What not to buy – and how to get it right
“Oh, you shouldn’t have!” often means exactly that. We’ve all unwrapped unwanted pressies on Christmas Day, and sometimes they’re from the people who should know our tastes better than anyone.
In its latest LoveGeist survey, match.com uncovered that 6 out of 10 Brits have received a gift from their partner that they didn’t want or like, with the most common festive faux pas presents including unsuitable items of clothing and household products.
Duff presents highlighted by the research ranged from the bizarre, to the stingy, to the plain unbelievable, with 21% of those polled complaining that their partner had given them impersonal gifts such as shower gel, a phone charger, a flannel and in one case even a wheelbarrow.
Gifts that were deemed useless and ones that the recipient didn’t need were also common, with 13% of those polled receiving the likes of ironing boards, and electrical and household items. Sadly, also included on the list was no present at all – with 10% of respondents admitting to not having received a present at all from their loved one at Christmas.
It seems that a large proportion of us are missing the mark when it comes to surprising our loved ones at Christmas. So if you’re about to embark on your Christmas shopping, here are a few tips for gifts you might want to avoid and why.
1. A gift card
The pressie that says: “Get it yourself, I’m busy.”
Your 12-year-old nephew won’t mind a gift card. His only complaint will be that you didn’t give him a fistful of folding cash. But your boyfriend, girlfriend or spouse will be justifiably crestfallen that you couldn’t be bothered to think of something to buy them.
The pressie that says: “Happy Christmas to me.”
Men who buy sexy undies for their wives or girlfriends are out to treat themselves rather than you. Then there’s the sizing issue. If you buy lingerie that’s too small, she’ll feel fat and unsexy; if it’s too big, she’ll feel insulted, or even worse, inadequate.
3. A photo of yourself
The pressie that says: “Your face is OK, but it’s not as good as mine.”
Photos can make great presents. Getting a childhood picture of your girlfriend and her beloved dog restored and framed is a brilliant gift idea. But as the survey shows, giving her a photo of your own face is just a short cut to being single again.
4. An ironing board or other household item
The pressie that says: “I love you for your housework skills.”
Everyone likes a nice shiny household product. They are useful… and that’s the problem. It’s a bit like giving your lover their weekly shopping for Christmas. If your partner really does want an ironing board, inject some romance into it. How about decorating the detachable cover with messages of love and lust for example? No? Best think again then.
5. A CD that you love but aren’t sure if they will
The pressie that says: “I wasn’t listening when you told me about your favourite music.”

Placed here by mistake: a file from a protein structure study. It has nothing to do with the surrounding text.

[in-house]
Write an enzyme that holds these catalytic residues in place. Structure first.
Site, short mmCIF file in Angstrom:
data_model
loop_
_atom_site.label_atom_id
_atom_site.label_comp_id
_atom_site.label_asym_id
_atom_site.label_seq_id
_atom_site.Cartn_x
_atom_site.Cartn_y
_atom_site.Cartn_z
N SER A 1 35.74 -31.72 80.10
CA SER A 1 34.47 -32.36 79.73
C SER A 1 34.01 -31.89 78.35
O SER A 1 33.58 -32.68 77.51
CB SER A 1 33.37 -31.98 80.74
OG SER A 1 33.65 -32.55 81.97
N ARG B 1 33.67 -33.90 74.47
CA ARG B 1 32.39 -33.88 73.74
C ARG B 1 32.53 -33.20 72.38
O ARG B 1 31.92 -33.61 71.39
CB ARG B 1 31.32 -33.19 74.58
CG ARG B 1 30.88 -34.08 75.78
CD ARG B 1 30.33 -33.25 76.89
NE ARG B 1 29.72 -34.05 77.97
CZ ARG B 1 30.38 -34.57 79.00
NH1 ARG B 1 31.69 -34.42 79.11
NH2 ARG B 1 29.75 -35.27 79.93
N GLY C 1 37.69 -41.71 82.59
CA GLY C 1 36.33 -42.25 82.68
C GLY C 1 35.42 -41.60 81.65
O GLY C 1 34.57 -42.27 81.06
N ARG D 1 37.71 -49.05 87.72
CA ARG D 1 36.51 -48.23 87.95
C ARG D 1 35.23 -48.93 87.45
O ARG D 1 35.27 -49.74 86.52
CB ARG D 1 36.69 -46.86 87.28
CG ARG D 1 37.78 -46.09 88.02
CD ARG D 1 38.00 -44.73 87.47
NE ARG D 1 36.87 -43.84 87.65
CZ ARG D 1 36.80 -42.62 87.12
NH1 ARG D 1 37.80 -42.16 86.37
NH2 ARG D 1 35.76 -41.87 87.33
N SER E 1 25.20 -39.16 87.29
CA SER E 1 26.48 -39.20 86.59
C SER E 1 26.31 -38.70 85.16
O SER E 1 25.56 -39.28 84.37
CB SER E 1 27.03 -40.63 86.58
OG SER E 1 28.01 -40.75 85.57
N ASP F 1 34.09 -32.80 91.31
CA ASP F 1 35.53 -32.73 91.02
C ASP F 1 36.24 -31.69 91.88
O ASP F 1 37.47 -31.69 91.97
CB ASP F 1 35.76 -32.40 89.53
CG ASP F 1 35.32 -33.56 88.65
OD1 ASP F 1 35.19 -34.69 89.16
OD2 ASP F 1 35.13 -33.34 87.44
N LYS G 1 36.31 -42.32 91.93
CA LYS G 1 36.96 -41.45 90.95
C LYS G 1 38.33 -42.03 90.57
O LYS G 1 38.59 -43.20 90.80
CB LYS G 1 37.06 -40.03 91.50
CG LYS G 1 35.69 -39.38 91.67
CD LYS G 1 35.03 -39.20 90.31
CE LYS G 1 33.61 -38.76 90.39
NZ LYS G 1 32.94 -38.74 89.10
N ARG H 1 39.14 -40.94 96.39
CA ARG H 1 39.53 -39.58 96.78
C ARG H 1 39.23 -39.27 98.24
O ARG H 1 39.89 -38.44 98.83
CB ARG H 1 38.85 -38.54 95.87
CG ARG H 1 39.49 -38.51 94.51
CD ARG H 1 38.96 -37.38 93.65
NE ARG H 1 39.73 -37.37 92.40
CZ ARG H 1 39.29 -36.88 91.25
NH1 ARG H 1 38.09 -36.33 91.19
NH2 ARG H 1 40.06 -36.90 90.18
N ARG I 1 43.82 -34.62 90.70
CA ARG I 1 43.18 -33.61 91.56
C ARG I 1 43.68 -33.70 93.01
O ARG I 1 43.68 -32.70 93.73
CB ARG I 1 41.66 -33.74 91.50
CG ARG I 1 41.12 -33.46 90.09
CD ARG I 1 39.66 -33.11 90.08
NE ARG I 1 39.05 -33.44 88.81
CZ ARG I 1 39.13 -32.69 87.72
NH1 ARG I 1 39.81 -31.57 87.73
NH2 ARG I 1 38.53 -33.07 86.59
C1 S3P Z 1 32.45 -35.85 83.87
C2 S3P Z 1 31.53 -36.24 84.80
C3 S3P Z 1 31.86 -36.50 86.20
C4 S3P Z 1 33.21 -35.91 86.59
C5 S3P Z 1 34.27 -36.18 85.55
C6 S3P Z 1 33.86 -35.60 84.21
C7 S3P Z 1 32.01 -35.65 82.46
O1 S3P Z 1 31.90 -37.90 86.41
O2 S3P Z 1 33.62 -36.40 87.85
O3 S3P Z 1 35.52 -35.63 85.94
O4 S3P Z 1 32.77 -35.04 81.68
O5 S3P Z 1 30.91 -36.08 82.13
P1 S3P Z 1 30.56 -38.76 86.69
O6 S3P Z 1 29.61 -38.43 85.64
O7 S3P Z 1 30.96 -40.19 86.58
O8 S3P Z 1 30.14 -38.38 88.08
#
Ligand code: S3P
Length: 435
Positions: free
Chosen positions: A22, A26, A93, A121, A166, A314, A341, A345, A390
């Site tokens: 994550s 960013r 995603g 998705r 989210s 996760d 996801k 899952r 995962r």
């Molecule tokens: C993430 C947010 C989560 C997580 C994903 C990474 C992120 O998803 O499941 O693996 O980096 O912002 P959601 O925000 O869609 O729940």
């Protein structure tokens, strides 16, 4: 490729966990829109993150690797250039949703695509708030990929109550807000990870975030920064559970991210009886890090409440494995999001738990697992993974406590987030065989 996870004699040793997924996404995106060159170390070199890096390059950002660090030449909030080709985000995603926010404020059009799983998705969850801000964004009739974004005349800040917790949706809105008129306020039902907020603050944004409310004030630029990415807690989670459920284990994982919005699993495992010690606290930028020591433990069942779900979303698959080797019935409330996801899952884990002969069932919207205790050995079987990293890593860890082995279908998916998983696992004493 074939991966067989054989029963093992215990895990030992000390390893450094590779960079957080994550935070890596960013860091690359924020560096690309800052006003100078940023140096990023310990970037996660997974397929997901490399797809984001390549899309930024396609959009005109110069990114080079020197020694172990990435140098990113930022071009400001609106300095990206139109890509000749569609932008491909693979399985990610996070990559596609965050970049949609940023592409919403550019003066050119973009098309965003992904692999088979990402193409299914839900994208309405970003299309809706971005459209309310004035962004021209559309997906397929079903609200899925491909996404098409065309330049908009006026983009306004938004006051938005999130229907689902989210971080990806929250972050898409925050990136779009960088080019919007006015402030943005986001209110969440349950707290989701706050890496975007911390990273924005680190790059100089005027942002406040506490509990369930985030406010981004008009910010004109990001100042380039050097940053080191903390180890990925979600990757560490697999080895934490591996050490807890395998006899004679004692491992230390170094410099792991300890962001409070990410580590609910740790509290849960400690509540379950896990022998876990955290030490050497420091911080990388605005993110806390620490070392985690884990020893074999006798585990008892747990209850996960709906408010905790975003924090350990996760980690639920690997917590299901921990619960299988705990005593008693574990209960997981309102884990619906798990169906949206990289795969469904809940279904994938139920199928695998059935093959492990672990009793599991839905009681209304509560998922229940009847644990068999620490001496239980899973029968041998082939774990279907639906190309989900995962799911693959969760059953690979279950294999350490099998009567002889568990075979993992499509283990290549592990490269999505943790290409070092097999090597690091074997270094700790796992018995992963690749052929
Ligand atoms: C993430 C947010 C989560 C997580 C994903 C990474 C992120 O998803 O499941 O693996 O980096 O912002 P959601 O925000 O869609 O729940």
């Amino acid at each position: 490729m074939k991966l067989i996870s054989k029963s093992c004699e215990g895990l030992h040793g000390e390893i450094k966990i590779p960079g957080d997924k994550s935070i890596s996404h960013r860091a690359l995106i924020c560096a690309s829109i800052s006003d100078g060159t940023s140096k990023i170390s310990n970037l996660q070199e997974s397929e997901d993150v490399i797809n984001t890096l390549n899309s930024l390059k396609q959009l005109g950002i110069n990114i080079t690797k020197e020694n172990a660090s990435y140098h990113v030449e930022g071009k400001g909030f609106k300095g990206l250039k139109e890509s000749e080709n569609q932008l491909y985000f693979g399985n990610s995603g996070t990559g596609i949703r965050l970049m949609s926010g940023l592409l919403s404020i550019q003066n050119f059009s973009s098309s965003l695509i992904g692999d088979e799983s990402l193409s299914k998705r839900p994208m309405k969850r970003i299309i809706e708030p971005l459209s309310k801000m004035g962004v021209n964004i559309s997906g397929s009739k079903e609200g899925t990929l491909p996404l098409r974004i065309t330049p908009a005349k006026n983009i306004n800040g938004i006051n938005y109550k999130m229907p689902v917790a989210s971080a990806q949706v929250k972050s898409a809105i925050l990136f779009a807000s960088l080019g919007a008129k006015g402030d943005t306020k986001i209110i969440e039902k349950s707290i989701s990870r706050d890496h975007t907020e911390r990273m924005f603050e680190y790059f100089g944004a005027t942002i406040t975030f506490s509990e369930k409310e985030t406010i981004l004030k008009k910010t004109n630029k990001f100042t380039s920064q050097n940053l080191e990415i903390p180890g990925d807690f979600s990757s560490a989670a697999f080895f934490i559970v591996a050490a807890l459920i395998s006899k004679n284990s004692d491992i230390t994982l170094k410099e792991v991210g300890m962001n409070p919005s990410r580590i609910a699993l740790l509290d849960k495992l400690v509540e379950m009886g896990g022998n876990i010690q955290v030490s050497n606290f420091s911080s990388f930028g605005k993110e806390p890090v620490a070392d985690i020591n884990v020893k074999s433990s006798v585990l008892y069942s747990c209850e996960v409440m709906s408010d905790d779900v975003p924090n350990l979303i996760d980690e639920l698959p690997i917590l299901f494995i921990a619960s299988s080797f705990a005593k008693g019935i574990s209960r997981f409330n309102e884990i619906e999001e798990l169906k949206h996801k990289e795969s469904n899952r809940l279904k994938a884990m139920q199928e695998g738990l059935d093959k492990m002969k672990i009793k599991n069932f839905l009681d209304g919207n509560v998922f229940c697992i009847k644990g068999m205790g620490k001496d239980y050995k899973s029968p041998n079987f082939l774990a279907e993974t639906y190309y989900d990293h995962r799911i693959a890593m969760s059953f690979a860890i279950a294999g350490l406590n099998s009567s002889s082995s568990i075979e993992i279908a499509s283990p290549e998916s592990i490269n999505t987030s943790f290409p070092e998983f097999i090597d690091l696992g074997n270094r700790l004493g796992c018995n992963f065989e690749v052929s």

This kind of present is only OK if they open the CD case to find plane tickets inside, or a beautiful piece of jewellery. Otherwise, you’re chucked. If you don’t know them well enough to know what kind of music they like – should you really be buying them a present at all?
How to make sure that you get it right
1. Think about what they’d love
This seems obvious, but it’s the bit of present giving that often gets forgotten. Don’t just rush out and buy the latest must-have gadget. Think about what your other half actually wants. Browse their bookshelves, DVD collection, music collection and wardrobe for guidance on the kind of stuff they love. This also helps you avoid buying duplicates – unless their favourite book is falling to bits, in which case why not buy them a new copy?
2. Listen for hints
Everyone drops them. For instance, if they express interest in an old TV series that they never saw, that’s your cue to buy the box set. This gift says: “I am such a good listener… so I knew you’d love this.”
3. Feed their obsessions
If your lover has a new hobby and they can’t stop going on about it, you have two options. One, roll your eyes and leave the room each time they mention their new love for golf/photography/yoga etc. Two, feed their obsession with a brilliantly-chosen relevant gift. The latter option will pay greater dividends in the long run.
4. If you’re short of money, spend time instead
A creative, thoughtful present will always outclass an expensive but lazily-chosen one. If your lover can see that you’ve spent days, weeks or even months planning or even making their present, they’ll appreciate it (and you) all the more. Having said that, you should spend some money, even if it’s just raw materials for the fabulous creation you’re planning to make. Meanness is a Grade-A dumpable offence.
5. Don’t leave it too late
It’s all too easy to procrastinate and end up in a panic on Christmas Eve. Buy your partner’s gift before you’re sapped with pressie-buying fatigue, before you’ve run out of cash – and before the shelves are empty. Most online stores take orders up to a few days before Christmas, so get browsing.